January 22, 2017
(from a retired pastor to his family, the Church)
Earlier this week we spent a pleasant evening visiting one of my wife’s childhood friends. The meal and conversation were enjoyable. What is most comforting about seeing friends you may not have seen for decades is learning that they too are trying to adapt to the same changes we are confronted with. One change all four of us were challenged by was that affecting our churches. Our friends do not attend the same denomination we do. Even so, their church is experiencing the same loss of membership many of our denominations are. The available research suggests the decline is not as drastic as it feels to those of us who attend Sunday services each week. I tend to think people respond to pollster’s questions from the perspective of “should” rather than “do.” I do know our pews are usually less than half full on any given Sunday. That wasn’t the story not so long ago. Why? What has changed in the world around us? Is the Christian message no longer relevant to the people of our nation?
A few years ago someone told me they were “spiritual but not religious.” As a person knee deep in spiritual and religious studies I found this response curious. In my experience the spiritual impulse longs to find expression in the tangible realm. This usually takes place in conversation, acts expressing an underlying spiritual value, and a gathering of like-minded people–all of these being the birthplace of religious practices. I took what I had heard to mean the person was able to be spiritual without an outward expression of this spirituality. This is a challenging assertion. But, maybe there is something here the Christian community needs to look at.
I am only now beginning to read on this topic. In looking at that sentence I cannot help but realize the irony of what I have just written. How could I hope to learn anything about the “spiritual but not religious” movement in a book or article? Especially when, at its core, it claims to be unique to each individual, unorganized, and not a movement at all. Maybe this is the place to start. It could be the basic approach folks in the pew take to sharing their faith, or trying to learn something of the other’s is the first barrier. We think of ourselves as people of The Book, the Bible. This notion of a book assumes a spirituality that has found expression in the physical realm. Instead of a book perspective, where do we begin?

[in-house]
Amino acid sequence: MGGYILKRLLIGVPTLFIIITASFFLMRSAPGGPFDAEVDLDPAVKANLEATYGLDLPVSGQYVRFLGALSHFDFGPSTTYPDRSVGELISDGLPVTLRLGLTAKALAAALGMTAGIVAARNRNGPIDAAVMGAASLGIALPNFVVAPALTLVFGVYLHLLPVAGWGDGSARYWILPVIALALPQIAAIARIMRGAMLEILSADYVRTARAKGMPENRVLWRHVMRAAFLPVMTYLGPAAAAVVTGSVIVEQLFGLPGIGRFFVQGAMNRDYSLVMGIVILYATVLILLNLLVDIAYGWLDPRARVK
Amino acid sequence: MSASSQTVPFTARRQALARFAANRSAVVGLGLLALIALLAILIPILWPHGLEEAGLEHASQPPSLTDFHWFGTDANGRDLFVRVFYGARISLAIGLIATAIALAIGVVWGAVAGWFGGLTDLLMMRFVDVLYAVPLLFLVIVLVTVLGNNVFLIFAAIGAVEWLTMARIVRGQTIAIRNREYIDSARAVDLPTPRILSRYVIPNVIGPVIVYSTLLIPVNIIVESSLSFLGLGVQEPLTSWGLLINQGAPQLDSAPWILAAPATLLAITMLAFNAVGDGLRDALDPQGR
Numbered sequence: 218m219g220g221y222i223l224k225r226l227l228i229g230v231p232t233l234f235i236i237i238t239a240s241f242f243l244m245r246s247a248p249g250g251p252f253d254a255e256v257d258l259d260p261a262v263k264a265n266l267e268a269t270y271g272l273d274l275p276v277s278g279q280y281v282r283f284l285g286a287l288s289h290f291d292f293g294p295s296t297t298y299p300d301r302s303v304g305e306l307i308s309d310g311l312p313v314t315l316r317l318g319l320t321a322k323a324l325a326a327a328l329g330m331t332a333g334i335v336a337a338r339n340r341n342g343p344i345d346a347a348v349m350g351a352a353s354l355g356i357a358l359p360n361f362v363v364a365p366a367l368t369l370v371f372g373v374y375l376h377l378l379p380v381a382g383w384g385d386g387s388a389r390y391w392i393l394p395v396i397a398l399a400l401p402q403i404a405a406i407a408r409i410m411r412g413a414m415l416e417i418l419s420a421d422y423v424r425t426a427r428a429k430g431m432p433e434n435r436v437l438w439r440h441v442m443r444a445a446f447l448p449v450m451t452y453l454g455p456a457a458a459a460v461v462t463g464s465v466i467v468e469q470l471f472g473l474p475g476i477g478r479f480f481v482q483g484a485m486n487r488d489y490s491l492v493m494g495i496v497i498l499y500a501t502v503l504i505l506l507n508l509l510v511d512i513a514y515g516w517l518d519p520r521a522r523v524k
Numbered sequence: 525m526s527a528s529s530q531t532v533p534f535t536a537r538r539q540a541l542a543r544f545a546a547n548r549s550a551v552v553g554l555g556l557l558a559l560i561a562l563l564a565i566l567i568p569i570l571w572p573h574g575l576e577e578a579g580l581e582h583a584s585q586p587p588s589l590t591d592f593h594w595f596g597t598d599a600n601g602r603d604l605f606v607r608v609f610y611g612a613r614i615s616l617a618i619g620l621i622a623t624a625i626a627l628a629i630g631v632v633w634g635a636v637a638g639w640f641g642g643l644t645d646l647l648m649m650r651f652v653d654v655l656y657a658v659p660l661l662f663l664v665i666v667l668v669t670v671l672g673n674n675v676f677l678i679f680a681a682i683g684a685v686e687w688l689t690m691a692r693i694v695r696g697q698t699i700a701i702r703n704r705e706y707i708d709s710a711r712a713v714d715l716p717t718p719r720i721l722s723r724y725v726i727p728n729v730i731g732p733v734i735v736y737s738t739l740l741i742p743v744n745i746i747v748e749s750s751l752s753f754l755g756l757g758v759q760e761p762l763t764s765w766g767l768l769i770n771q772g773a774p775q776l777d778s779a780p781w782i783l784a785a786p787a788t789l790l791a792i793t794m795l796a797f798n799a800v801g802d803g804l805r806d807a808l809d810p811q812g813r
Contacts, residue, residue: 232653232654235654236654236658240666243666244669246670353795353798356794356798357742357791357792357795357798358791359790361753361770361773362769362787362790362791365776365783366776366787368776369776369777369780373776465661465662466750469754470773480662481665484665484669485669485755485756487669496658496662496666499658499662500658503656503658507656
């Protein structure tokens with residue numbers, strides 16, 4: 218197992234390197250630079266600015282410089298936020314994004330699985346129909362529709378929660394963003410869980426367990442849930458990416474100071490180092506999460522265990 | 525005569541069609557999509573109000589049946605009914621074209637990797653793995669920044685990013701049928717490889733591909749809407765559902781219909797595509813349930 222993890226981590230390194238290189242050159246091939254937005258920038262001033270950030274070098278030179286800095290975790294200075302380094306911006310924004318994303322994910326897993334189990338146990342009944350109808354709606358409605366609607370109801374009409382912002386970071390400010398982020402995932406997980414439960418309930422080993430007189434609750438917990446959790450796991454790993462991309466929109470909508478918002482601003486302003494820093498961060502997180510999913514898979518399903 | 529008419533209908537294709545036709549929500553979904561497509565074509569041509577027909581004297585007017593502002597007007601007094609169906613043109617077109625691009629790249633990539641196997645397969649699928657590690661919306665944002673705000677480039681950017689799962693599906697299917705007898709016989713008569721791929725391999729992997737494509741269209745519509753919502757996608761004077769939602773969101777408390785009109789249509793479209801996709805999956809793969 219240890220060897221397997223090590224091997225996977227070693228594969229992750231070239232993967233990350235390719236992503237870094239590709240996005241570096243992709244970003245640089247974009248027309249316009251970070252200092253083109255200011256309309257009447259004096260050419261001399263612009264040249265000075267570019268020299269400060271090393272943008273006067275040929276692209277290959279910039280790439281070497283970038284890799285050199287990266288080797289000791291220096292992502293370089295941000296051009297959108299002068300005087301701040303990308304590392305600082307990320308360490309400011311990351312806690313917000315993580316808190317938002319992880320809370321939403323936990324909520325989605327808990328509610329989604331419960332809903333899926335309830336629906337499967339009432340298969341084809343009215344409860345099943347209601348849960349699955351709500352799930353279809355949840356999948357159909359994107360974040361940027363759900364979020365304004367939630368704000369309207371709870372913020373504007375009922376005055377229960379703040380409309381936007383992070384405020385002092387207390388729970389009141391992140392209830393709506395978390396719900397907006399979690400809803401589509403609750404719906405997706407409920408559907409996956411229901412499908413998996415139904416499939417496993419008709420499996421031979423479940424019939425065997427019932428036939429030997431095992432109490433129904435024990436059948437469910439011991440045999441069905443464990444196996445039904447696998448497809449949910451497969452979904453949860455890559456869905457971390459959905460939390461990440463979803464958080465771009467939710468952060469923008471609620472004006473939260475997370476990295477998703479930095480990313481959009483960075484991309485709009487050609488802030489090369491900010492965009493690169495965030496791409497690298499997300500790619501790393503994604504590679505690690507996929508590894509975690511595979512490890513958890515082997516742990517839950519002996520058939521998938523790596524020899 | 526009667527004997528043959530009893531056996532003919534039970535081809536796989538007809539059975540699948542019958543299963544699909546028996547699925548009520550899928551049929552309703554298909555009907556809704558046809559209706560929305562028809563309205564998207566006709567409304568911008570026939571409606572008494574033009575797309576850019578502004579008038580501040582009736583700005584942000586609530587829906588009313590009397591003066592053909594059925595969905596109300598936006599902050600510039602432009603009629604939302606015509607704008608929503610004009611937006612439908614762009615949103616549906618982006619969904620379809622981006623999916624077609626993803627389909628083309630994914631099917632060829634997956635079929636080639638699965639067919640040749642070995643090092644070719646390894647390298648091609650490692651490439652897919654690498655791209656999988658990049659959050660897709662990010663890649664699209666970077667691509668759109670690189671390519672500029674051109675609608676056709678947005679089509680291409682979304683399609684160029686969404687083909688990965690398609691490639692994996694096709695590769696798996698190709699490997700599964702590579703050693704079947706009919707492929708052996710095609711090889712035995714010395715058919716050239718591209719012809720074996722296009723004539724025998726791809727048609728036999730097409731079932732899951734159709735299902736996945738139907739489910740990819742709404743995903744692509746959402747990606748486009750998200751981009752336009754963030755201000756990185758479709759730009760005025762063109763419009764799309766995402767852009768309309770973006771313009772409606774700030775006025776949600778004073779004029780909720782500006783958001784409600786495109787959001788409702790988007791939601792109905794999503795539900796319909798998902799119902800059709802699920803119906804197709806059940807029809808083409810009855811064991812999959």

Starting at the beginning is always a good place to go. A friend of mine who spent a decade living in the wilderness of Alaska, subsisting on its natural bounty, tells this story. One cold winter’s morning he sat absolutely still on a hillside with his rifle resting across his arms. He was waiting for a deer to enter the glade below him. His being able to eat for the next few weeks depended on how quietly he waited. As he likes to say, “as I sat there with murder on my mind, a little junco landed on the barrel of my rifle.” In that instant the stark contrast between his own presence and that of the junco seized his imagination. That brief moment became a metaphor for him. He clearly saw that each of us had a choice before us of how we want to be present in this world. The visitation of that little bird, like the visitation of any angel, gave birth to huge consequences in his life. And like other visitations recorded in the scripture, that junco has continued to play a large part in his ongoing spiritual development.
I suspect the people we do not see in our churches, those who choose not to affiliate with what they view as “organized” religion, do not want to hear about Bible stories, articles of faith, or doctrine. They may prefer to hear about our life experiences, and how our faith has evolved and made a difference in our very real lives. This approach calls us to set our well-worn Bible verses and cliches aside and be prepared to tell our own stories. Once we have done this, they may invite us to share the rest of the story in words, which our Lord gives us at that moment, uniquely prepared for them.
Give us grace, O Lord, to answer readily the call of our Savior Jesus Christ and proclaim to all people the Good News of his salvation, that we and the whole world may perceive the glory of his marvelous works; who lives and reigns with you and the Holy Spirit, one God, for ever and ever. Amen. Amen. (BCP 215)